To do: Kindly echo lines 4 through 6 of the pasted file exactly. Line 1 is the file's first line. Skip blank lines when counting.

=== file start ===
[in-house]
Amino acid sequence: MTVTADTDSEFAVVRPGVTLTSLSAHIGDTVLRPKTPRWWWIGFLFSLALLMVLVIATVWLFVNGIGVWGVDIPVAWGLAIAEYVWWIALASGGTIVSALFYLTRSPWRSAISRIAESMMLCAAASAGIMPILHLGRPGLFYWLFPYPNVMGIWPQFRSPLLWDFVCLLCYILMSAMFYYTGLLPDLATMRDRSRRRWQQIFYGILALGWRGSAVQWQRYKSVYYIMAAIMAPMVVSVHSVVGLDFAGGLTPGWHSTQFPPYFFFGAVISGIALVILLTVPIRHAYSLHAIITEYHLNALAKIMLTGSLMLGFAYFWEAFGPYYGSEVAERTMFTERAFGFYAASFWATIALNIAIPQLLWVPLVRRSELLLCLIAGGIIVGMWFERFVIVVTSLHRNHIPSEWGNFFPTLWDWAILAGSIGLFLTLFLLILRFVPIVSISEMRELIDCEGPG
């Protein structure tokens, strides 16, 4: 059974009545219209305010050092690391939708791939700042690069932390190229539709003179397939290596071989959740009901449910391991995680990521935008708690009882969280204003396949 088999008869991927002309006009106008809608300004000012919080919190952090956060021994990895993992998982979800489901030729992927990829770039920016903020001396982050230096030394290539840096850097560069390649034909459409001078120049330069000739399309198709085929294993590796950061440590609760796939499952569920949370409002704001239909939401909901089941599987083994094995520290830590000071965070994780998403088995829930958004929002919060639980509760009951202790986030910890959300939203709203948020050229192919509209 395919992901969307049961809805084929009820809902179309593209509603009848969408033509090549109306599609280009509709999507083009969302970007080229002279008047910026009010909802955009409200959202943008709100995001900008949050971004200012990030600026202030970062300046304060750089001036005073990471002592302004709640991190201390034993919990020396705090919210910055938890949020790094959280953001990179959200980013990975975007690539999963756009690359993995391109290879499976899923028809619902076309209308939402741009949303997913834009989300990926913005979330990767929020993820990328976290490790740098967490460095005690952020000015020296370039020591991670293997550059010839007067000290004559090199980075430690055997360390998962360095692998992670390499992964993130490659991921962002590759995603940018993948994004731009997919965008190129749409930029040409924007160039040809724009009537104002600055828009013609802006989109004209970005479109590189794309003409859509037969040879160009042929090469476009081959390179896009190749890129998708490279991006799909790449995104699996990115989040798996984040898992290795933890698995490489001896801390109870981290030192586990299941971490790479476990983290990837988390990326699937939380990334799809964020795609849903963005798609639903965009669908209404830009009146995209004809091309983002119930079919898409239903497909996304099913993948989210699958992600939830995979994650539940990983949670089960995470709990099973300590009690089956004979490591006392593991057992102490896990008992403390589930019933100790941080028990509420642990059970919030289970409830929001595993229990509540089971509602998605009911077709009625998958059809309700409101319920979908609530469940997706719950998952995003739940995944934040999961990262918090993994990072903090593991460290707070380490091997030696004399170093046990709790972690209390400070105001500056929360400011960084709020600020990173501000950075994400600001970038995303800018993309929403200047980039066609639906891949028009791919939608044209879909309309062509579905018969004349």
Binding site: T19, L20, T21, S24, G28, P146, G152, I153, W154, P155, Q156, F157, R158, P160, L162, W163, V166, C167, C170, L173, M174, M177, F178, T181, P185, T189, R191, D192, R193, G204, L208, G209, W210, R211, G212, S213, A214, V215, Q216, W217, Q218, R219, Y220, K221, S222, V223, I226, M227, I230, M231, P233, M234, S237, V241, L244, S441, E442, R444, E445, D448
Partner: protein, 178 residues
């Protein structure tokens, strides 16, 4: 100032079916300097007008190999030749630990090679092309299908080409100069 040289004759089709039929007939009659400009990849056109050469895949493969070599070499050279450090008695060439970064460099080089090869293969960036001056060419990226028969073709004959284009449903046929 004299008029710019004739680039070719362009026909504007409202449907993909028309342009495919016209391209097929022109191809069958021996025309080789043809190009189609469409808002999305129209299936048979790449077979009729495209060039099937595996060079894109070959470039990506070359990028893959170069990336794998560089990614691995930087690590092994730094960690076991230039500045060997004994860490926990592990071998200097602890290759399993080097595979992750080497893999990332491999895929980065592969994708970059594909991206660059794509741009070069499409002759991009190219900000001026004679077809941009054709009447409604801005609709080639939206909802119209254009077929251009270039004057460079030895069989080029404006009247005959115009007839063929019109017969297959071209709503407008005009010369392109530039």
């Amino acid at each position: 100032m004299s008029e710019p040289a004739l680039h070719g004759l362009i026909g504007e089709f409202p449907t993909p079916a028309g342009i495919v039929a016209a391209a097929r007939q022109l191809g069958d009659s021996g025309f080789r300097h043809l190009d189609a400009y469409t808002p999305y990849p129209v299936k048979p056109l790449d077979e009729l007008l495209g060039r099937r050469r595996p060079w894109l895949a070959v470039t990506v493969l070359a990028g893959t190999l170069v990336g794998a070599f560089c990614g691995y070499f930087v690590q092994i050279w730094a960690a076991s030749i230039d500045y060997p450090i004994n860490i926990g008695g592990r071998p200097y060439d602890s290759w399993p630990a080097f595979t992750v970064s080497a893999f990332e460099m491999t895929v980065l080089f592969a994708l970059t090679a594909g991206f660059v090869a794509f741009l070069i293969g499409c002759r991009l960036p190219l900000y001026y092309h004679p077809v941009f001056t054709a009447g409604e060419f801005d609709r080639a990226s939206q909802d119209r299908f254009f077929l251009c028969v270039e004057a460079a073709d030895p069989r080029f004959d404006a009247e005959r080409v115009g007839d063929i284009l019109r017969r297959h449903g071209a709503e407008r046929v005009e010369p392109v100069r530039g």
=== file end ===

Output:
Binding site: T19, L20, T21, S24, G28, P146, G152, I153, W154, P155, Q156, F157, R158, P160, L162, W163, V166, C167, C170, L173, M174, M177, F178, T181, P185, T189, R191, D192, R193, G204, L208, G209, W210, R211, G212, S213, A214, V215, Q216, W217, Q218, R219, Y220, K221, S222, V223, I226, M227, I230, M231, P233, M234, S237, V241, L244, S441, E442, R444, E445, D448
Partner: protein, 178 residues
């Protein structure tokens, strides 16, 4: 100032079916300097007008190999030749630990090679092309299908080409100069 040289004759089709039929007939009659400009990849056109050469895949493969070599070499050279450090008695060439970064460099080089090869293969960036001056060419990226028969073709004959284009449903046929 004299008029710019004739680039070719362009026909504007409202449907993909028309342009495919016209391209097929022109191809069958021996025309080789043809190009189609469409808002999305129209299936048979790449077979009729495209060039099937595996060079894109070959470039990506070359990028893959170069990336794998560089990614691995930087690590092994730094960690076991230039500045060997004994860490926990592990071998200097602890290759399993080097595979992750080497893999990332491999895929980065592969994708970059594909991206660059794509741009070069499409002759991009190219900000001026004679077809941009054709009447409604801005609709080639939206909802119209254009077929251009270039004057460079030895069989080029404006009247005959115009007839063929019109017969297959071209709503407008005009010369392109530039």